In search of authentic sea glass

These jewels of the sea are getting harder to find. Here’s why—and where to look for them.

Enthusiasts compare it to diamonds. Sea glass—from pieces of bottles and jars—is trash, transformed by the sea and poetically reinterpreted as treasure. Its provenance points to the heyday of consumer glass production, before the rise of throwaway plastics; its allure is fueled by the childlike thrill of a discovery on the whims of time and tide.

Now, as sea glass becomes rarer, artificial versions, sometimes made via acid etching, are supplanting the real thing. But acid etching can leave a toxic residue, making this manufactured gem, used in jewelry and decor, a potential problem. One threat: Adding fake sea glass to your fish’s aquarium could dangerously alter the water’s pH level.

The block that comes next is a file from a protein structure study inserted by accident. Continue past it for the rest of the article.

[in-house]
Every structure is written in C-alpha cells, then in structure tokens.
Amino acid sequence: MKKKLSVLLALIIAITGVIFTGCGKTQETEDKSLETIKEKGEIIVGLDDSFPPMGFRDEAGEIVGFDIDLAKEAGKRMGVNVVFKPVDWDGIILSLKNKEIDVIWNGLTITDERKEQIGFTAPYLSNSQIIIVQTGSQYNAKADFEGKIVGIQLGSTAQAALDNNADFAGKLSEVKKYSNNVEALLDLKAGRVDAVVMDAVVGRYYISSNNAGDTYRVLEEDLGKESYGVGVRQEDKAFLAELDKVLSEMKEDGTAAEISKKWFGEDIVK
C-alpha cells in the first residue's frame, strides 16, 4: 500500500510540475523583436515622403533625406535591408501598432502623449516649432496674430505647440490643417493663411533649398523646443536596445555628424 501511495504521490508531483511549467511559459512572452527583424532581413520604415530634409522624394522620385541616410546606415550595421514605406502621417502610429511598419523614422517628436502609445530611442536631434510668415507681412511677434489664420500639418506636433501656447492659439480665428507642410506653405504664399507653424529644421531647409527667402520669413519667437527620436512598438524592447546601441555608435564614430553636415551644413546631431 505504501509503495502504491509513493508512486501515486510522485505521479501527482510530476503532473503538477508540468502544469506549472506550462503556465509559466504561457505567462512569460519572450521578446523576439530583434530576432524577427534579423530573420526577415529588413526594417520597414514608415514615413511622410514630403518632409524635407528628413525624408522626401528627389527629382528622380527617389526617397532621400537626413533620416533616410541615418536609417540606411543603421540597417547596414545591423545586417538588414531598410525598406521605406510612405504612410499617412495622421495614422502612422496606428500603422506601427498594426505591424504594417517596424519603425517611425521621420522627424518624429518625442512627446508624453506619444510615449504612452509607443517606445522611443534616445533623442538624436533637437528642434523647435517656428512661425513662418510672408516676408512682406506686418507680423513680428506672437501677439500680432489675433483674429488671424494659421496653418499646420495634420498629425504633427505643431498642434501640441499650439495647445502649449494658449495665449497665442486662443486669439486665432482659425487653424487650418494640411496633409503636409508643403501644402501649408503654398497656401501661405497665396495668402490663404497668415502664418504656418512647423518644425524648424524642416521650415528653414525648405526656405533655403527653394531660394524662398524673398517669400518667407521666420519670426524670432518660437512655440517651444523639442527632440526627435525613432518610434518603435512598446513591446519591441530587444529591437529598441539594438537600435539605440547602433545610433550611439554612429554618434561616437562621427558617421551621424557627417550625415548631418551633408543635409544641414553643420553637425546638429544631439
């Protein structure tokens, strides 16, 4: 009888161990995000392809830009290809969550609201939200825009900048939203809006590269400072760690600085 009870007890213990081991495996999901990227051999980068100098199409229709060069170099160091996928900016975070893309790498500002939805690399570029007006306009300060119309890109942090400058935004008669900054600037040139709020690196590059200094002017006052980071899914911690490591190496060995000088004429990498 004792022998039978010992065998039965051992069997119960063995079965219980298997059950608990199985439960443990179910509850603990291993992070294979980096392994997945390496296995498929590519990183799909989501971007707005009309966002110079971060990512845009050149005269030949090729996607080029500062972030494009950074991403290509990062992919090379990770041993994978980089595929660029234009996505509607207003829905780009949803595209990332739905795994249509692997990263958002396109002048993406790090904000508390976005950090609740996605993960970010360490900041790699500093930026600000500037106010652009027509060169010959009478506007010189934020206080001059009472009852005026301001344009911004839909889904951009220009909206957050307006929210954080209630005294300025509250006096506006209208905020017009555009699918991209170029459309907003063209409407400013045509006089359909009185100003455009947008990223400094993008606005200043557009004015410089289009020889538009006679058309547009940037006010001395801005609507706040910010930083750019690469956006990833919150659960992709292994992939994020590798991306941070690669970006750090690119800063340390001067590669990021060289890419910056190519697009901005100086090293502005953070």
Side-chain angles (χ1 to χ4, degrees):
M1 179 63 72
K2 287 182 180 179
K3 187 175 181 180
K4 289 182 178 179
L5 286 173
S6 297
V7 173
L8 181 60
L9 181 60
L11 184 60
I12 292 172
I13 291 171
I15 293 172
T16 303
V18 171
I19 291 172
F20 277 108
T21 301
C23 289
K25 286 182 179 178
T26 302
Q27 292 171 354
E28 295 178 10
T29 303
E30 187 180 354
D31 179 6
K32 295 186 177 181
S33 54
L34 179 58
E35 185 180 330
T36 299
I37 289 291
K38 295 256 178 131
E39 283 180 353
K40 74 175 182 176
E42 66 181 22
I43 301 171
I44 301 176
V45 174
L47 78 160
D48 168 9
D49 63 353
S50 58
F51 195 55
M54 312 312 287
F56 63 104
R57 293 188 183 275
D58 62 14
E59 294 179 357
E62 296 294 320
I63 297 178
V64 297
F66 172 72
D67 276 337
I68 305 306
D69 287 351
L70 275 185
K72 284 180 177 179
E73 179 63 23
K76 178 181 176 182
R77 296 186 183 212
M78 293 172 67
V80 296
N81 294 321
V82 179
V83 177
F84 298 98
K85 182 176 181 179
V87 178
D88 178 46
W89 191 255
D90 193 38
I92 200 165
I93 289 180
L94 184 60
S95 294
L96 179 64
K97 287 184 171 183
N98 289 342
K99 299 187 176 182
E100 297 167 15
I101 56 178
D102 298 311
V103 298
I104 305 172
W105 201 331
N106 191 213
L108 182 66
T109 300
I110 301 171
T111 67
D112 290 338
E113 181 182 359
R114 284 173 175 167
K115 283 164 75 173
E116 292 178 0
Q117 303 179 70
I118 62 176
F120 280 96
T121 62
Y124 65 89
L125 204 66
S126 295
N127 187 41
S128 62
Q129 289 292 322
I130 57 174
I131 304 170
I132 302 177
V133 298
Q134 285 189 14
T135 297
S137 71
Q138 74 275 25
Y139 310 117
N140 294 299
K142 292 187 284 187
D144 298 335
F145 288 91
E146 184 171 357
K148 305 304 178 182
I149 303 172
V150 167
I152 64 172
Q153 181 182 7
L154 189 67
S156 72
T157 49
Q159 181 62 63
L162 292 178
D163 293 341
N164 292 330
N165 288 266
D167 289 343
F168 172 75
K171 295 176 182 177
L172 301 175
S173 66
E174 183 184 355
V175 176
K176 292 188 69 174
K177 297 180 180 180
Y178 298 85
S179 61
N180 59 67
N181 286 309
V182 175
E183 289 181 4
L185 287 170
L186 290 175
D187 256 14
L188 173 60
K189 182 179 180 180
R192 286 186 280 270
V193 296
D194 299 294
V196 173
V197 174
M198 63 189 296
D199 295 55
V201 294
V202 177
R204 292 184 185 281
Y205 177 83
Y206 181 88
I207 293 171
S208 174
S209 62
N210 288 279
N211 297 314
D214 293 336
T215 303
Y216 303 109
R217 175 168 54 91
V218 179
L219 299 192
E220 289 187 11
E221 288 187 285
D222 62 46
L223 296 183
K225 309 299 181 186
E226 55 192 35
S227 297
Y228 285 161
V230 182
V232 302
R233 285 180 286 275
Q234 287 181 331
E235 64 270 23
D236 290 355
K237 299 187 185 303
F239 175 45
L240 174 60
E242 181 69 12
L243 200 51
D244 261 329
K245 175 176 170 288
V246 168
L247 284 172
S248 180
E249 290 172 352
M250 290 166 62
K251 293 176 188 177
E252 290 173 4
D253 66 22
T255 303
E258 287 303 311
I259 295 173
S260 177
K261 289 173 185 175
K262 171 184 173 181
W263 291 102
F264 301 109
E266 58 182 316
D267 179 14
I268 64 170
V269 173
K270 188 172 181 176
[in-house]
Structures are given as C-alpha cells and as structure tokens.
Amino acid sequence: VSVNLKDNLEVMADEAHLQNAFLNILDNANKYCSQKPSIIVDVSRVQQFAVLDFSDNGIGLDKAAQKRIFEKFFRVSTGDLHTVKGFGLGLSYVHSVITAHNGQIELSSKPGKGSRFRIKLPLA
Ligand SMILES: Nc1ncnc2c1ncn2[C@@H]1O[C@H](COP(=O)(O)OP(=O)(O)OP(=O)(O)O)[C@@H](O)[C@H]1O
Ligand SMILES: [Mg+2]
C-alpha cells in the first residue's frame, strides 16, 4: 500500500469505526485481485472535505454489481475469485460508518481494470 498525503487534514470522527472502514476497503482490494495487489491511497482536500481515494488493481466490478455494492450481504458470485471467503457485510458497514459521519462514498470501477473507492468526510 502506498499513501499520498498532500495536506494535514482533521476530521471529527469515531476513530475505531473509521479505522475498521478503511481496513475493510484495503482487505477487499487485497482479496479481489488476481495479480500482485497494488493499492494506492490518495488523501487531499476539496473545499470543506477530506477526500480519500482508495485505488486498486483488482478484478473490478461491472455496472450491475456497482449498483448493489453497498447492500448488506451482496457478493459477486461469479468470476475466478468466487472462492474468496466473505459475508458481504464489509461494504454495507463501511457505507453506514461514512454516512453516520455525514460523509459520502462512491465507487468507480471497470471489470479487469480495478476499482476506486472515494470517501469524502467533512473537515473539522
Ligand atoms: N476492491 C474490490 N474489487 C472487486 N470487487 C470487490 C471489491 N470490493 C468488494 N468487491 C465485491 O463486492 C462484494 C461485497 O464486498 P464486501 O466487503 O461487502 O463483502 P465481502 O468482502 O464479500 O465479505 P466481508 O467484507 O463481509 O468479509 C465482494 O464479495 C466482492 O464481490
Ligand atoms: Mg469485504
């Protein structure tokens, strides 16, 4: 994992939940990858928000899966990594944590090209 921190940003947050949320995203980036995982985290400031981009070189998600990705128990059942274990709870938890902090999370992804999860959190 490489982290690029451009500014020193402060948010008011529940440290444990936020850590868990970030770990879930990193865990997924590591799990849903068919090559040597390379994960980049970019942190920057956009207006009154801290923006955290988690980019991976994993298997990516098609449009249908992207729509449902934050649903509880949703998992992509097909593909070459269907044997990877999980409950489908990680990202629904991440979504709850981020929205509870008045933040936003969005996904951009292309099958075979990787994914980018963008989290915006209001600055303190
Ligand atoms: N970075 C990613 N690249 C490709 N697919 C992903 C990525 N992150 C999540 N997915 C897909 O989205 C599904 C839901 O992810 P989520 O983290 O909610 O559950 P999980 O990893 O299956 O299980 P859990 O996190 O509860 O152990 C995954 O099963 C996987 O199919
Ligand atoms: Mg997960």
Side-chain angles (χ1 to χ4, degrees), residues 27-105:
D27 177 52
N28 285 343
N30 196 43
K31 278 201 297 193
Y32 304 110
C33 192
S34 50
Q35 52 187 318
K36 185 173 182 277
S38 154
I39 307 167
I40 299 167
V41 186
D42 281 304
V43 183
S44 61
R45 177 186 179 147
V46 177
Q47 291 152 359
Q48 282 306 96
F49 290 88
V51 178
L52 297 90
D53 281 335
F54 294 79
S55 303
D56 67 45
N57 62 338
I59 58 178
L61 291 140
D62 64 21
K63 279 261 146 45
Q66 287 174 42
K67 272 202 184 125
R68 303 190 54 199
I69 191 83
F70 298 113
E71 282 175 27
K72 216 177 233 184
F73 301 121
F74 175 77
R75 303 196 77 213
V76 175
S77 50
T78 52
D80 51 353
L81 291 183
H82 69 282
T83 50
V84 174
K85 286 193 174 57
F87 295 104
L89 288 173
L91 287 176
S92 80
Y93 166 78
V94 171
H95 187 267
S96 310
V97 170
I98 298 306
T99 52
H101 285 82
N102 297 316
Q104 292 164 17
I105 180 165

(See millions of years of history while beachcombing in San Francisco.)

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